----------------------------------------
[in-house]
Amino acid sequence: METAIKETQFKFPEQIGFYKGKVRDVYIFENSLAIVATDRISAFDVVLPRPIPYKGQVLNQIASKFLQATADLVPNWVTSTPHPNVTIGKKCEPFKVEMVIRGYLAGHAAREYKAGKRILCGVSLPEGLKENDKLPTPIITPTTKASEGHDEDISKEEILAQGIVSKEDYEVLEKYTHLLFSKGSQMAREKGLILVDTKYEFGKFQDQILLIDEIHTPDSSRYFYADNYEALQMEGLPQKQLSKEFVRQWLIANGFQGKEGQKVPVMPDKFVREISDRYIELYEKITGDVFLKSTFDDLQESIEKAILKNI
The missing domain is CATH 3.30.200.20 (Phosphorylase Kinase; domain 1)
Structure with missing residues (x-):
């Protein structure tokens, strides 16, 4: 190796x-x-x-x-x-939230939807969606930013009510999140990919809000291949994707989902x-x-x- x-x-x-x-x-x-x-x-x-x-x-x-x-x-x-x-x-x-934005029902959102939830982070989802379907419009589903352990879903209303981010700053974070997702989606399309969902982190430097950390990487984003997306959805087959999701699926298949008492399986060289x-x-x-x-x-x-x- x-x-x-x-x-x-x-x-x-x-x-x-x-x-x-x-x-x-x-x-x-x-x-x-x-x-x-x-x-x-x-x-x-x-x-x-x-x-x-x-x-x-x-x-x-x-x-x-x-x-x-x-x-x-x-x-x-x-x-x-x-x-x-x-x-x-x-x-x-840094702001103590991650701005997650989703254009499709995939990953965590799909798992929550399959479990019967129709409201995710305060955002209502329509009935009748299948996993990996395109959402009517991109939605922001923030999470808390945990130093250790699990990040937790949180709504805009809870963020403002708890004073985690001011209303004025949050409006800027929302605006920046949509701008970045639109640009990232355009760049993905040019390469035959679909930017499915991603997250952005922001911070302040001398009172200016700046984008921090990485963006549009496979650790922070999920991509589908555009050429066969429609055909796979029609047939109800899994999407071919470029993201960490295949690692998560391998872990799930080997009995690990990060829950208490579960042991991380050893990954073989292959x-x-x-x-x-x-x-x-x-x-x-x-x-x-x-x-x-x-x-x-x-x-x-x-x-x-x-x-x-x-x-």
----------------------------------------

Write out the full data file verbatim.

[in-house]
Amino acid sequence: METAIKETQFKFPEQIGFYKGKVRDVYIFENSLAIVATDRISAFDVVLPRPIPYKGQVLNQIASKFLQATADLVPNWVTSTPHPNVTIGKKCEPFKVEMVIRGYLAGHAAREYKAGKRILCGVSLPEGLKENDKLPTPIITPTTKASEGHDEDISKEEILAQGIVSKEDYEVLEKYTHLLFSKGSQMAREKGLILVDTKYEFGKFQDQILLIDEIHTPDSSRYFYADNYEALQMEGLPQKQLSKEFVRQWLIANGFQGKEGQKVPVMPDKFVREISDRYIELYEKITGDVFLKSTFDDLQESIEKAILKNI
The missing domain is CATH 3.30.200.20 (Phosphorylase Kinase; domain 1)
Structure with missing residues (x-):
């Protein structure tokens, strides 16, 4: 190796x-x-x-x-x-939230939807969606930013009510999140990919809000291949994707989902x-x-x- x-x-x-x-x-x-x-x-x-x-x-x-x-x-x-x-x-x-934005029902959102939830982070989802379907419009589903352990879903209303981010700053974070997702989606399309969902982190430097950390990487984003997306959805087959999701699926298949008492399986060289x-x-x-x-x-x-x- x-x-x-x-x-x-x-x-x-x-x-x-x-x-x-x-x-x-x-x-x-x-x-x-x-x-x-x-x-x-x-x-x-x-x-x-x-x-x-x-x-x-x-x-x-x-x-x-x-x-x-x-x-x-x-x-x-x-x-x-x-x-x-x-x-x-x-x-x-840094702001103590991650701005997650989703254009499709995939990953965590799909798992929550399959479990019967129709409201995710305060955002209502329509009935009748299948996993990996395109959402009517991109939605922001923030999470808390945990130093250790699990990040937790949180709504805009809870963020403002708890004073985690001011209303004025949050409006800027929302605006920046949509701008970045639109640009990232355009760049993905040019390469035959679909930017499915991603997250952005922001911070302040001398009172200016700046984008921090990485963006549009496979650790922070999920991509589908555009050429066969429609055909796979029609047939109800899994999407071919470029993201960490295949690692998560391998872990799930080997009995690990990060829950208490579960042991991380050893990954073989292959x-x-x-x-x-x-x-x-x-x-x-x-x-x-x-x-x-x-x-x-x-x-x-x-x-x-x-x-x-x-x-």